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@MarkC.Wallace Mind you, he didn't have the rep required for a comment. So a suitably empowered mod should migrate it. –  LateralFractal Oct 22 '13 at 13:02

No he wasn't.

He abdicated of his own free will choosing Wallis Simpson over the throne.

He abdicated because as a British Monarch he was the nominal head of the Church of England that did not allow divorcees to remarry. The Church strongly disapproved of Edward's intention to marry a divorcee in Wallis Simpson.

He was also viewed as a bit of playboy and held fairly naive views on Hitler's Germany which also didn't sit well with the English government. This doesn't mean they forced him to abdicate, but given they didn't view him as a particularly strong minded potential Monarch, they didn't help him either.

In 1936, a constitutional crisis in the British Empire was caused by King-Emperor Edward VIII's proposal to marry Wallis Simpson, an American socialite who was divorced from her first husband and was pursuing a divorce of her second. The marriage was opposed by the governments of the United Kingdom and the autonomous Dominions of the British Commonwealth. Religious, legal, political, and moral objections were raised. As British monarch, Edward was the nominal head of the Church of England, which did not allow divorced people to remarry if their ex-spouses were still alive; so it was widely believed that Edward could not marry Wallis Simpson and remain on the throne. Simpson was perceived to be politically and socially unsuitable as a consort because of her two failed marriages. It was widely assumed by the Establishment that she was driven by love of money or position rather than love for the King. Despite the opposition, Edward declared that he loved Simpson and intended to marry her whether his governments approved or not.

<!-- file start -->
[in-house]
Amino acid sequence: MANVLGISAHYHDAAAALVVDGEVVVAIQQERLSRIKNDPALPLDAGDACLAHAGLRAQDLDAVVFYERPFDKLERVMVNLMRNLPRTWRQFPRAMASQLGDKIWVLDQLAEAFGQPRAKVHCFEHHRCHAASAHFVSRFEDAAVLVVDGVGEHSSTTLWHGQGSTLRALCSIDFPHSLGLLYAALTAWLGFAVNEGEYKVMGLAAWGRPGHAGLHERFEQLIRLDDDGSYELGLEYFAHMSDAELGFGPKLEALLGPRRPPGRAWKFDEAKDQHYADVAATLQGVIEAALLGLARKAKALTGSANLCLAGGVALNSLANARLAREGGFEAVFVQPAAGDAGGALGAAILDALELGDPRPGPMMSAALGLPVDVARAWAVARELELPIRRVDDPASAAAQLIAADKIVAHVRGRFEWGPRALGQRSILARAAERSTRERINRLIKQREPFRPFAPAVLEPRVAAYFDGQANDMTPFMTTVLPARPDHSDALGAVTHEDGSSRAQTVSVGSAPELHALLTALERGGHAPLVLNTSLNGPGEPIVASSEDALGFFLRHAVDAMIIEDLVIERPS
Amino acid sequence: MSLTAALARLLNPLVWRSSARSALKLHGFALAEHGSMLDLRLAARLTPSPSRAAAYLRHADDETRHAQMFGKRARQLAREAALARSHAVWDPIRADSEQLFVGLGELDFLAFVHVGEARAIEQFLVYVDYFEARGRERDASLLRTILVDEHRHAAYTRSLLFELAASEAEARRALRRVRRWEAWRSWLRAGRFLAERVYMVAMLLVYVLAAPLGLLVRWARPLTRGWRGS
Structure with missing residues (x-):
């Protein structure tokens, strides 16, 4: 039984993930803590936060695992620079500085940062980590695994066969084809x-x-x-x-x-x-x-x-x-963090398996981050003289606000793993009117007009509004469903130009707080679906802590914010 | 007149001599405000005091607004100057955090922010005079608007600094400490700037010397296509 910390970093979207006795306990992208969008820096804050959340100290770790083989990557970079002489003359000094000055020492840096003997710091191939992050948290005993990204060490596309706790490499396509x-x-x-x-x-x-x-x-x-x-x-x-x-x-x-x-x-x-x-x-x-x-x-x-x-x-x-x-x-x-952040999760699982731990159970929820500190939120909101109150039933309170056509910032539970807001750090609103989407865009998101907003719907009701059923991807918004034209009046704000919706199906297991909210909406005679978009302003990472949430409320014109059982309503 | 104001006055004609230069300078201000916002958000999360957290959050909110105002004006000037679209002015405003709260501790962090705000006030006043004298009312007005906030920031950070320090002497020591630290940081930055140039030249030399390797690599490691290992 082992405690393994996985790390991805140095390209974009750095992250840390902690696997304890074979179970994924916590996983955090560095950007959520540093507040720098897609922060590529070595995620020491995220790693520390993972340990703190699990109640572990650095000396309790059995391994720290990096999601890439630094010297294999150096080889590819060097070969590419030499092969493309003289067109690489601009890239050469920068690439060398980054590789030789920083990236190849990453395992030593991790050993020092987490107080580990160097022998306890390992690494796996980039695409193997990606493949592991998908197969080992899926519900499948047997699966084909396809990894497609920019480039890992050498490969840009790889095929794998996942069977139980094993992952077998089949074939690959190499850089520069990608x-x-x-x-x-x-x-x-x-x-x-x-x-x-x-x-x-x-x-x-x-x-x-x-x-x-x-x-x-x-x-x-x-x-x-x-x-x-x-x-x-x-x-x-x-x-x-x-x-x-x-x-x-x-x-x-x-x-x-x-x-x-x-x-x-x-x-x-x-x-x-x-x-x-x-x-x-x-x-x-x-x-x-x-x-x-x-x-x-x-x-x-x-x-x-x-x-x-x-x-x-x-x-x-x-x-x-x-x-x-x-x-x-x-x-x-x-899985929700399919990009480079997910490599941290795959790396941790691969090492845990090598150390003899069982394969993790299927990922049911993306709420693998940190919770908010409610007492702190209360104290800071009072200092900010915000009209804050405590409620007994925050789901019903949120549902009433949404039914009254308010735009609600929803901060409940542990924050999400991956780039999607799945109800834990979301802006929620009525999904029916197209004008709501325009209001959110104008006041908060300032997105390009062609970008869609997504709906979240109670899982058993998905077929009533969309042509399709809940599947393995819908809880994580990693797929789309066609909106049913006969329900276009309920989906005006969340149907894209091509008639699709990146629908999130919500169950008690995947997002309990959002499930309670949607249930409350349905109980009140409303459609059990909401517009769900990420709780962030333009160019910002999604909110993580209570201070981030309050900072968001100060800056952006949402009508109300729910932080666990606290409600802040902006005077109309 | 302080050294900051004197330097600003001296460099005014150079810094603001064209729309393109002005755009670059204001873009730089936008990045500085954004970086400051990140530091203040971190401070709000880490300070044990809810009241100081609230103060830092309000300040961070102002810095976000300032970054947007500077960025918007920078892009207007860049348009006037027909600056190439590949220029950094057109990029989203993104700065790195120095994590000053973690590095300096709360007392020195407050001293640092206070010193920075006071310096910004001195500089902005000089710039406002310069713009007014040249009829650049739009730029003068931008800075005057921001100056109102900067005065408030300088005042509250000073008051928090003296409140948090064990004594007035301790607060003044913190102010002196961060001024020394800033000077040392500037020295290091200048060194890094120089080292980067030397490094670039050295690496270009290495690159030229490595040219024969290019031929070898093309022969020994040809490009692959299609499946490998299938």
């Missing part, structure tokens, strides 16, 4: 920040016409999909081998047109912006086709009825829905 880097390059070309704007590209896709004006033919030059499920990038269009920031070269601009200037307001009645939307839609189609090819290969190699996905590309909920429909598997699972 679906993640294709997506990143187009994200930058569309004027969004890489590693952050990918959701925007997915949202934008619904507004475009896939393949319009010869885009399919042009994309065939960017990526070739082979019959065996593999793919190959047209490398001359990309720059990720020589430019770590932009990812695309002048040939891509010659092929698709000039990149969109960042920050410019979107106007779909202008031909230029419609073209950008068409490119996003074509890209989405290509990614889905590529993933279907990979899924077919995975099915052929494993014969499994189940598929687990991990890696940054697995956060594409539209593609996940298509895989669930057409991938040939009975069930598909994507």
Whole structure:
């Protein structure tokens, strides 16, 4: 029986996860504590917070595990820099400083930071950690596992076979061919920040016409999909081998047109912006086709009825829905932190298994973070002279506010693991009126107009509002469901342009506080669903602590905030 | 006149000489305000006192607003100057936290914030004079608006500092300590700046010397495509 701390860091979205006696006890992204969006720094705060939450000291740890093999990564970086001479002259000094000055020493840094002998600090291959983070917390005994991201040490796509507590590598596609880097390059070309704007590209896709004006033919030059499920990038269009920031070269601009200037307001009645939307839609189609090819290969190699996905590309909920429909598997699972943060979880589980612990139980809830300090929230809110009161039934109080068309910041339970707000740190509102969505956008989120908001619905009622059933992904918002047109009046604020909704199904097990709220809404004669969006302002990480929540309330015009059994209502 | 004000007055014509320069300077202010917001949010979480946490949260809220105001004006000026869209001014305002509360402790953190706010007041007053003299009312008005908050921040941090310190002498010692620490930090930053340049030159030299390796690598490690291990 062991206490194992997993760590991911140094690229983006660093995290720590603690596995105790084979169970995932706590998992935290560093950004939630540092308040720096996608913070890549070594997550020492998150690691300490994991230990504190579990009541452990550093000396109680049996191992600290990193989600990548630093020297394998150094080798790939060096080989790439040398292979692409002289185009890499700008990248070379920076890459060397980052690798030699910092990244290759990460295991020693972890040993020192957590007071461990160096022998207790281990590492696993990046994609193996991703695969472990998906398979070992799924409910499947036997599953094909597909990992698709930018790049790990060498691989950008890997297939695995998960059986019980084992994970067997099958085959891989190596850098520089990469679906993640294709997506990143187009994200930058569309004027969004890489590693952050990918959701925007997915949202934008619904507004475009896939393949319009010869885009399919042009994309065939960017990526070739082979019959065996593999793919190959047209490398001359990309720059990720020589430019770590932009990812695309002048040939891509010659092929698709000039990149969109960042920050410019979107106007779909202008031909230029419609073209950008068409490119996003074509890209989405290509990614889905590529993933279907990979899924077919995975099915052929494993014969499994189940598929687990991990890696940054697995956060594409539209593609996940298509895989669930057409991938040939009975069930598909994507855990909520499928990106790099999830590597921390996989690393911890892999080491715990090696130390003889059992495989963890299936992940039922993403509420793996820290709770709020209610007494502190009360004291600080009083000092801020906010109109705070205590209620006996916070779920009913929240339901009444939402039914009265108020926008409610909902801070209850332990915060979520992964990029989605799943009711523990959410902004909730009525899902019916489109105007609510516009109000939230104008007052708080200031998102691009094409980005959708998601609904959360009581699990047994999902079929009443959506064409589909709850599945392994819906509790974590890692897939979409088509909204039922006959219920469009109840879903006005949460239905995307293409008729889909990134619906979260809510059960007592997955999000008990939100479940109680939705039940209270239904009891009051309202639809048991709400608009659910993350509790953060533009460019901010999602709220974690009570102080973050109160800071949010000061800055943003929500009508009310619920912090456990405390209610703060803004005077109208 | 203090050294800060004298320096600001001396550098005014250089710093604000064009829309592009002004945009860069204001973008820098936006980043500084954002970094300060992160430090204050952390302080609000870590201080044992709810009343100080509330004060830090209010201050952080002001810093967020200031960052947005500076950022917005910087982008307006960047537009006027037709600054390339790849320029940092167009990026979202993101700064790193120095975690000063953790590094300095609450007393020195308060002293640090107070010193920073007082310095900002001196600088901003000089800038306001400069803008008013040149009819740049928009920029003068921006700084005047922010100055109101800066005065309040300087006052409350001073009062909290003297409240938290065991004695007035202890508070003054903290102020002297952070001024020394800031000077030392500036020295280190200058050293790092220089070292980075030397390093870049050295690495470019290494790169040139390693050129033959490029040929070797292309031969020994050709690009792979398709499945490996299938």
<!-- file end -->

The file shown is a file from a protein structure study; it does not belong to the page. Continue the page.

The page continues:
The widespread unwillingness to accept Simpson as the King's consort, and Edward's refusal to give her up, led to his abdication in December 1936. He remains the only British monarch to have voluntarily renounced the throne since the Anglo-Saxon period.

Source.

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I have already read Wikipedia. I think there is no reason to point me there. This is why I am asking it here. "it was widely believed that Edward could not marry Wallis Simpson and remain on the throne" - so what would happen with him if he married but did not abdicate? That is the question. -1. –  Anixx Dec 22 '12 at 16:49
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You asked if Edward was forced to abdicate - the answer is No. He abdicated because he chose to marry Wallis Simpson as per answer. If you meant something else, ask something else, people can't mind-read what question you meant to ask. He could not ascend to the throne and marry Wallis Simpson, the government wouldn't let him, so that question has been answered as well if you actually bothered to read the Wiki article. –  spiceyokooko Dec 22 '12 at 19:14
    
how exactly the government was able not to let him? –  Anixx Oct 25 '13 at 7:24